Our seedling tree nursery, located in Ft. Collins, grows more than 2 million seedlings each year. These trees are available at nominal cost to rural landowners who own at least two acres of land. The aim of our seedling tree program is to encourage landowners to plant effective wind barriers to protect buildings, cropland, and feedlots, and to assist in erosion control, wildlife habitat (175 KB PDF), reforestation and Christmas tree plantations. Participating landowners must agree not to use the trees for ornamental or landscaping purposes nor resell the trees as living plants. Contact your local nursery for ornamental needs.
Seedling tree order forms are available through our seedling tree cooperators (usually your local Colorado State University Extension or Soil Conservation District, or through our office or the state nursery. More than 50 species of trees and shrubs are available in bundles of 50 (bare root) or lots of 30 (potted). A variety of deciduous and coniferous species are available beginning in late October; the best selection is assured by ordering before mid-January. Trees are delivered to a central distribution point in the spring; you will be notified of the exact pickup date and location after your order is placed.
The 28-page full color Buyer’s Guide (1.8 MB PDF) is now available online.
For more information, see the Montrose District Seedling Tree Program web page.
The Montrose District is available for on-site tree planting assistance. This ranges from the design and planning of large-scale plantings to the actual installation of windbreaks, wildlife habitat or reforestation projects. We have several tree planting implements available for rent, including tree planting plows and a special fabric implement that lays down weed barrier fabric and covers the edges in one operation.
The Montrose District houses one of seven foresters whose main focus is to collect data for Forest Inventory and Analysis (FIA). The Interior West Inventory and Analysis Project conducts multi-resource inventories in the Interior West States of Arizona, Colorado, Idaho, Montana, Nevada, New Mexico, Utah and Wyoming.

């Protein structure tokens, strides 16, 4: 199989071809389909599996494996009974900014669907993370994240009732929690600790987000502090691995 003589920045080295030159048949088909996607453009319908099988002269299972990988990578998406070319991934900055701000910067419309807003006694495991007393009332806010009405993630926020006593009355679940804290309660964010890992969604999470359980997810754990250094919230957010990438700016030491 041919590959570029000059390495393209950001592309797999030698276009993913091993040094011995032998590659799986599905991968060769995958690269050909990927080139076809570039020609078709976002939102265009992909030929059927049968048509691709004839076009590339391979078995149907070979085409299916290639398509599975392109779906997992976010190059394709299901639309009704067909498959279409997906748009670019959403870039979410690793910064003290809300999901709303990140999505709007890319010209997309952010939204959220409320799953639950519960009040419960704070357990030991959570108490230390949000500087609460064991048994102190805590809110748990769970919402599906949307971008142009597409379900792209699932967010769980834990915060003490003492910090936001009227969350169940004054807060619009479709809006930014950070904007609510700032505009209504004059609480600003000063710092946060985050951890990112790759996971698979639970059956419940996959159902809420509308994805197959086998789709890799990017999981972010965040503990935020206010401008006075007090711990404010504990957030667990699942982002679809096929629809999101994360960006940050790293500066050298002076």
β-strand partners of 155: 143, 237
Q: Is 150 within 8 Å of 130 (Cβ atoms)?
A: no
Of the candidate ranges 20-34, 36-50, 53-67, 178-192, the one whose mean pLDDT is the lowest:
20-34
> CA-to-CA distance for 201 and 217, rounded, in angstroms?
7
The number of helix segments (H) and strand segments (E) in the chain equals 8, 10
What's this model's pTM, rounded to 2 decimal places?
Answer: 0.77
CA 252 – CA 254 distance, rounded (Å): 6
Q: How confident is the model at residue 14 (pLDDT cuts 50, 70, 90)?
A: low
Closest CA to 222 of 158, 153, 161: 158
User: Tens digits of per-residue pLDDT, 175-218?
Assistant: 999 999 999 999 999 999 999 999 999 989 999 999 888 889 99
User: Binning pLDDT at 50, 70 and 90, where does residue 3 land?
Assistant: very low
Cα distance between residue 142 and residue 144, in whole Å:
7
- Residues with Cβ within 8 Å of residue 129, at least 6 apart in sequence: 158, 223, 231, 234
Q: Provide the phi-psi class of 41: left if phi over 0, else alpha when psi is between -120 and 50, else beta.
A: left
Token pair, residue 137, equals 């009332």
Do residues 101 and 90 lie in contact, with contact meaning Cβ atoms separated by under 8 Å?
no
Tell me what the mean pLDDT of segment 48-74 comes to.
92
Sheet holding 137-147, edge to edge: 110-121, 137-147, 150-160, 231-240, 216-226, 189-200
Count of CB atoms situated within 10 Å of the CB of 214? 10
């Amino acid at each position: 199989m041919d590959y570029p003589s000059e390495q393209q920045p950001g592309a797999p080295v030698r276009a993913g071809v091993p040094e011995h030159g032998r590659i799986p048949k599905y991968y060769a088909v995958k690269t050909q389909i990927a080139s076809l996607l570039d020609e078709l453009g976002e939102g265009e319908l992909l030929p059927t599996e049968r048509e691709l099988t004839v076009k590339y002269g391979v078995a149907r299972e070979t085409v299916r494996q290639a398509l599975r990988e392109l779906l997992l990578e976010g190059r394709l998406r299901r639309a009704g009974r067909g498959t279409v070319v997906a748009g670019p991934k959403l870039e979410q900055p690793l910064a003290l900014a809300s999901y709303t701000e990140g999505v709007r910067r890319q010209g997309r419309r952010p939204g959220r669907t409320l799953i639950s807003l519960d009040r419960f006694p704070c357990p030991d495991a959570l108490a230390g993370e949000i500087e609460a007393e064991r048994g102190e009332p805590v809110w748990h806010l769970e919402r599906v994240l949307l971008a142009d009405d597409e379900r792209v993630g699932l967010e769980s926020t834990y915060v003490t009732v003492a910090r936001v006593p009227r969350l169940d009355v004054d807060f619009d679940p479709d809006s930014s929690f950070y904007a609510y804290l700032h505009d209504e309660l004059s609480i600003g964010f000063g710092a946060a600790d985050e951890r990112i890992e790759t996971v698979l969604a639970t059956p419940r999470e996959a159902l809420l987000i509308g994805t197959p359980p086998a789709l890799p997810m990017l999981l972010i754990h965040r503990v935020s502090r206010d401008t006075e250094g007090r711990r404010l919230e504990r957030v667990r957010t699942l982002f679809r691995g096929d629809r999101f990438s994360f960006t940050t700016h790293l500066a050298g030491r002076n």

The mission of FIA is to improve the understanding and management of our nation's forests by measuring, assessing and reporting on the extent, condition and health of the forestland of the Interior West on a continuous, annual basis.
For more information, contact Casey Harrison.
Forest Management and Timber Harvest Plans
Good management begins with a sound management plan designed to meet a landowner’s needs. A management plan will identify the landowners’ objectives for their property, describe the resources present and recommend specific practices needed to attain these objectives. The plan involves an in-depth inventory of the timber as well as the other resources on the property such as range and/or wildlife. When writing a management plan, we often consult with other natural resource professionals from, for example, the Natural Resources Conservation Service or the Colorado Division of Wildlife, for their expertise so that the plan is as interdisciplinary as possible.